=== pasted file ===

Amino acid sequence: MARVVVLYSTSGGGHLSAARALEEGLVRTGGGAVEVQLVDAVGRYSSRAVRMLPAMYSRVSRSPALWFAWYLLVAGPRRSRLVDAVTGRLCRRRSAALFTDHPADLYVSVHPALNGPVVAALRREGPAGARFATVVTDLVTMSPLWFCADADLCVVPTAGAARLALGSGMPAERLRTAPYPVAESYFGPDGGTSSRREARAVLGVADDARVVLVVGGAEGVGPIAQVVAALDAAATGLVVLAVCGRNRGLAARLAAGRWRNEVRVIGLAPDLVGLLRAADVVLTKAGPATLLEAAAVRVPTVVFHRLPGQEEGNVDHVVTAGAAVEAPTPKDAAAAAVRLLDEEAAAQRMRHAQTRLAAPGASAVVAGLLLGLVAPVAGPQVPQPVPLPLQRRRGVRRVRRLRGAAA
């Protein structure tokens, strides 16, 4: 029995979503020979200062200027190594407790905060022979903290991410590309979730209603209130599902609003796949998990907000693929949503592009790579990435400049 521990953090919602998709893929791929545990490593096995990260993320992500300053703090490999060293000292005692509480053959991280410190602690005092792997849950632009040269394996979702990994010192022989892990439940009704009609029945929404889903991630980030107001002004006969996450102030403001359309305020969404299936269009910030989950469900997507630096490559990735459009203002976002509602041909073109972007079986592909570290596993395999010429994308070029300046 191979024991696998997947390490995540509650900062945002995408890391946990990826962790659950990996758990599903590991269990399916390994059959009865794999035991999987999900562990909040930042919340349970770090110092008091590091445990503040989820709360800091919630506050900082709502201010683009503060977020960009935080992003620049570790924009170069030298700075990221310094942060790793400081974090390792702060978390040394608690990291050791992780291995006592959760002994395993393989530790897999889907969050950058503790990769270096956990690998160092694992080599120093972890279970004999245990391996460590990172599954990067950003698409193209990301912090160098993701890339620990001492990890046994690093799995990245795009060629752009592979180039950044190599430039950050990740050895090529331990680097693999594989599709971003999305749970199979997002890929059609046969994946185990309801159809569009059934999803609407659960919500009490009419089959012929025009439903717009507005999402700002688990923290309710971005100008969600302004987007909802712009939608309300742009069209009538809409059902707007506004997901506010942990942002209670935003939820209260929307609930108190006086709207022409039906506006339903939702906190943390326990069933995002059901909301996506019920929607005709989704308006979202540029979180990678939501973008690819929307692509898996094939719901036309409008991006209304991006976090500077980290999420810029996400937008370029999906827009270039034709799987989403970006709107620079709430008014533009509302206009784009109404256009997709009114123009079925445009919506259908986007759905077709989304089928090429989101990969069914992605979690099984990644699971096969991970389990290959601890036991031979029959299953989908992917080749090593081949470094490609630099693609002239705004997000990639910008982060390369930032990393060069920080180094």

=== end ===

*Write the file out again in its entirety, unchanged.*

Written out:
Amino acid sequence: MARVVVLYSTSGGGHLSAARALEEGLVRTGGGAVEVQLVDAVGRYSSRAVRMLPAMYSRVSRSPALWFAWYLLVAGPRRSRLVDAVTGRLCRRRSAALFTDHPADLYVSVHPALNGPVVAALRREGPAGARFATVVTDLVTMSPLWFCADADLCVVPTAGAARLALGSGMPAERLRTAPYPVAESYFGPDGGTSSRREARAVLGVADDARVVLVVGGAEGVGPIAQVVAALDAAATGLVVLAVCGRNRGLAARLAAGRWRNEVRVIGLAPDLVGLLRAADVVLTKAGPATLLEAAAVRVPTVVFHRLPGQEEGNVDHVVTAGAAVEAPTPKDAAAAAVRLLDEEAAAQRMRHAQTRLAAPGASAVVAGLLLGLVAPVAGPQVPQPVPLPLQRRRGVRRVRRLRGAAA
């Protein structure tokens, strides 16, 4: 029995979503020979200062200027190594407790905060022979903290991410590309979730209603209130599902609003796949998990907000693929949503592009790579990435400049 521990953090919602998709893929791929545990490593096995990260993320992500300053703090490999060293000292005692509480053959991280410190602690005092792997849950632009040269394996979702990994010192022989892990439940009704009609029945929404889903991630980030107001002004006969996450102030403001359309305020969404299936269009910030989950469900997507630096490559990735459009203002976002509602041909073109972007079986592909570290596993395999010429994308070029300046 191979024991696998997947390490995540509650900062945002995408890391946990990826962790659950990996758990599903590991269990399916390994059959009865794999035991999987999900562990909040930042919340349970770090110092008091590091445990503040989820709360800091919630506050900082709502201010683009503060977020960009935080992003620049570790924009170069030298700075990221310094942060790793400081974090390792702060978390040394608690990291050791992780291995006592959760002994395993393989530790897999889907969050950058503790990769270096956990690998160092694992080599120093972890279970004999245990391996460590990172599954990067950003698409193209990301912090160098993701890339620990001492990890046994690093799995990245795009060629752009592979180039950044190599430039950050990740050895090529331990680097693999594989599709971003999305749970199979997002890929059609046969994946185990309801159809569009059934999803609407659960919500009490009419089959012929025009439903717009507005999402700002688990923290309710971005100008969600302004987007909802712009939608309300742009069209009538809409059902707007506004997901506010942990942002209670935003939820209260929307609930108190006086709207022409039906506006339903939702906190943390326990069933995002059901909301996506019920929607005709989704308006979202540029979180990678939501973008690819929307692509898996094939719901036309409008991006209304991006976090500077980290999420810029996400937008370029999906827009270039034709799987989403970006709107620079709430008014533009509302206009784009109404256009997709009114123009079925445009919506259908986007759905077709989304089928090429989101990969069914992605979690099984990644699971096969991970389990290959601890036991031979029959299953989908992917080749090593081949470094490609630099693609002239705004997000990639910008982060390369930032990393060069920080180094």